The plight of Afghan women has long been an issue and one which becomes more prominent every day. A group of women who understand the situation facing women in Afghanistan is holding a two-day conference in New York City to discuss the issue and bring information to the public. The group formed last April to help give a voice to the women of Afghanistan.
"Women for Afghan Women," a group dedicated to the human rights of women in Afghanistan, says women should help shape Afghanistan's future and hold key positions in the post-war government.
Activist Fahima Vorgetts says, given that Afghanistan's population is more than half female, women have to be involved in decision making. She says she is disappointed by the lack of female participation at the United Nations-sponsored conference on Afghanistan in Bonn, Germany.
"We hope that we can work together. We hope that we can put pressure on the U.N. and the UK and the United States and everybody there in Bonn to give more time and more rights to the women in Afghanistan to participate in the future of Afghanistan," she says.
Comprised of Afghan and non-Afghan women in the New York City area and supported by activists, writers and human rights professionals, "Women for Afghan Women" brings together key Afghan women to put forward realistic solutions for a post-war country. Masuda Sultan, a co-founder of the group, says Afghan women now have the world's attention and they should use it to make their voices heard.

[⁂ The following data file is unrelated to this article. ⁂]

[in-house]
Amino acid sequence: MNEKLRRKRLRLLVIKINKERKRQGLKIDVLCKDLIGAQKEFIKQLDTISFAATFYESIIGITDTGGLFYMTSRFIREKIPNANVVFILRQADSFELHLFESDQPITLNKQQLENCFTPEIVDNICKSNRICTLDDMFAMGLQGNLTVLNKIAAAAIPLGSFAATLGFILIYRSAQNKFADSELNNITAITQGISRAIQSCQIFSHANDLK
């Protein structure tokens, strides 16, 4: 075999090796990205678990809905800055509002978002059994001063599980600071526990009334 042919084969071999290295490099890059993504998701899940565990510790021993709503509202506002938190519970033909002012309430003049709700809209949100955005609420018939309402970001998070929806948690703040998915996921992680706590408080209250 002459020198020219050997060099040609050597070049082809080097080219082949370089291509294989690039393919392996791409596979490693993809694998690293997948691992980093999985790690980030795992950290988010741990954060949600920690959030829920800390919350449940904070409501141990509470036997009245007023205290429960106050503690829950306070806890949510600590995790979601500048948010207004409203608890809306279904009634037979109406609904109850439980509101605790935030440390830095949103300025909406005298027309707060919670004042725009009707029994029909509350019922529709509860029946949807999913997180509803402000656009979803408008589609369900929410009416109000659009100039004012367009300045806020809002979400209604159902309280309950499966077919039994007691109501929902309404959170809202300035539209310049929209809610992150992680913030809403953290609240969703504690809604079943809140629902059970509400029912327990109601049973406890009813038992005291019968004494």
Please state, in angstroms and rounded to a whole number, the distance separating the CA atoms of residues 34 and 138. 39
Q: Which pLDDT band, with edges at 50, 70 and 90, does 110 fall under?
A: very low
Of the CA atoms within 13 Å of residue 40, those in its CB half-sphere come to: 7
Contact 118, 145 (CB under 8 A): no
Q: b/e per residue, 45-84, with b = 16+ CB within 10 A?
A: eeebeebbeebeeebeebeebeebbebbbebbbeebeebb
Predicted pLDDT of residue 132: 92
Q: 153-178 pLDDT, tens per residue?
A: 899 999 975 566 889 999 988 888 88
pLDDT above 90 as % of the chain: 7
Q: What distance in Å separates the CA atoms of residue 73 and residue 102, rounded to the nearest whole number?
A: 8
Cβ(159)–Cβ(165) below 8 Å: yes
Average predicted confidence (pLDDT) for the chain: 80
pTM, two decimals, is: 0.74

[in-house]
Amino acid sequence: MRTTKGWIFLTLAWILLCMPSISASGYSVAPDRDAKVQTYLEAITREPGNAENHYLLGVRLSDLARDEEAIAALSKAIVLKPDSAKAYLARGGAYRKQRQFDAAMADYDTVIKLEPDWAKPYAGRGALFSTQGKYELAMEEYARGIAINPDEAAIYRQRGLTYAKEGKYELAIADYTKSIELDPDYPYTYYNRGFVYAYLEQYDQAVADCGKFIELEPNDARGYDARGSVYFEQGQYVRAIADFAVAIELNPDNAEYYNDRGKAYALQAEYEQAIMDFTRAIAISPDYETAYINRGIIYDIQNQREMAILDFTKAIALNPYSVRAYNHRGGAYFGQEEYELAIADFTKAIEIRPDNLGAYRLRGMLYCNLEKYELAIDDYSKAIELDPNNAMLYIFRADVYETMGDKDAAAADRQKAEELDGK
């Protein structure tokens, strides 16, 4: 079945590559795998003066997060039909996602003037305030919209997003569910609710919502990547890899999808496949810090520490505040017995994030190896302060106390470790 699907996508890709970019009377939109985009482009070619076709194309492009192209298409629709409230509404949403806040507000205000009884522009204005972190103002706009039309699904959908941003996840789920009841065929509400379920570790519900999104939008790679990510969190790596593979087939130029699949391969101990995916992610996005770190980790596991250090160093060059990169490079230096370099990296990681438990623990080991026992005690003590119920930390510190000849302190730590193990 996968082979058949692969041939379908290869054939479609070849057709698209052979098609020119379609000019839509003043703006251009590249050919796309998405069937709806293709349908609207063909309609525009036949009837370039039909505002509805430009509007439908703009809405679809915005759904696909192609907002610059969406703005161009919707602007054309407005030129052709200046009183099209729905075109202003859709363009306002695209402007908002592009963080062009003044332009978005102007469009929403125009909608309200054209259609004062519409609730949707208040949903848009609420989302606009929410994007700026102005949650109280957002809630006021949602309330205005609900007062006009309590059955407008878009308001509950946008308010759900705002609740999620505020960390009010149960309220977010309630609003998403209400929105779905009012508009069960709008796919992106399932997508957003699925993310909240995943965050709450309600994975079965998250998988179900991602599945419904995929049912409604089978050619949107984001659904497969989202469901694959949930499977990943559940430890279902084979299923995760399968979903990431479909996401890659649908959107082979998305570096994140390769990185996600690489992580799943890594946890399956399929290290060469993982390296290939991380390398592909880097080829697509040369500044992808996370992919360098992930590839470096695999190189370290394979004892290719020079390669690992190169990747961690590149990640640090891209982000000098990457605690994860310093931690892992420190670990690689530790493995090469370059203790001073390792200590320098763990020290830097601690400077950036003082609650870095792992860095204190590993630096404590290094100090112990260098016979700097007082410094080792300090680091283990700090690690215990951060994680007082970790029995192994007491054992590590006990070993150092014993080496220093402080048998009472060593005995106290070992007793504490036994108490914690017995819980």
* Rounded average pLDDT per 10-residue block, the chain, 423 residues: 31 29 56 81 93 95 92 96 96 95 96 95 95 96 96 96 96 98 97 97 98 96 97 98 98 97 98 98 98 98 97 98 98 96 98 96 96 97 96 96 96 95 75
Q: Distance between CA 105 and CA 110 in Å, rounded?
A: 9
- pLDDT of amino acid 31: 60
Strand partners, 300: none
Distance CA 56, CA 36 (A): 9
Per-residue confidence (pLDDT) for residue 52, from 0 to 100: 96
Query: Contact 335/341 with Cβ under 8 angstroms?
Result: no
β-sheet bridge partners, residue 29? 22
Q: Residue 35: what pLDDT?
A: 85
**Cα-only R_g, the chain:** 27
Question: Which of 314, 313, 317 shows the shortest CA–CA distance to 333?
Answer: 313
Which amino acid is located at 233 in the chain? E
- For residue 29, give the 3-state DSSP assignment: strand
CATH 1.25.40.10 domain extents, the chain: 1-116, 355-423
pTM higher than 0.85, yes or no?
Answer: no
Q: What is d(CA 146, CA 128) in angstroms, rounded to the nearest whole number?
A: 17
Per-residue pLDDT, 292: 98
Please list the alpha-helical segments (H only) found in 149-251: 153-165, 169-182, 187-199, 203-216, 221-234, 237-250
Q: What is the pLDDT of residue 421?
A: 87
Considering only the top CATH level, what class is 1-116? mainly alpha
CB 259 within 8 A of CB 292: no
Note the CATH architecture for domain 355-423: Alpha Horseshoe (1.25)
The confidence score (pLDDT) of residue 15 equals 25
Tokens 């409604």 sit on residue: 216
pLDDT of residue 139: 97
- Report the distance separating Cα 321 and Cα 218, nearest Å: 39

"Afghan women do have a voice even if they are silenced in their own country," she says. "We have a voice here and we will speak for them until they have the opportunity to do so. The importance of today's conference is paramount by showing the world that there are competent, intelligent Afghan women that have workable solutions, that have interesting ideas; showcasing them will allow the world to recognize that Afghan women are here and we're here to stay."
The conference's keynote speaker, Zohra Yusuf Daoud, was once Miss Afghanistan. She is now an Afghan community activist in California where she hosts a talk radio show on Afghan affairs. Ms. Daoud says tolerance is the key to rebuilding.
"I ask all my Afghan sisters and brothers at this time, please put aside your differences. For the sake of Afghan people in Afghanistan, come together for the unity and peace," she says.
The group says it is now more crucial than ever that Afghan women are involved in the reconstruction of their country. In her speech, Ms. Daoud reminded the audience that a mother cannot educate her sons if she herself is not educated.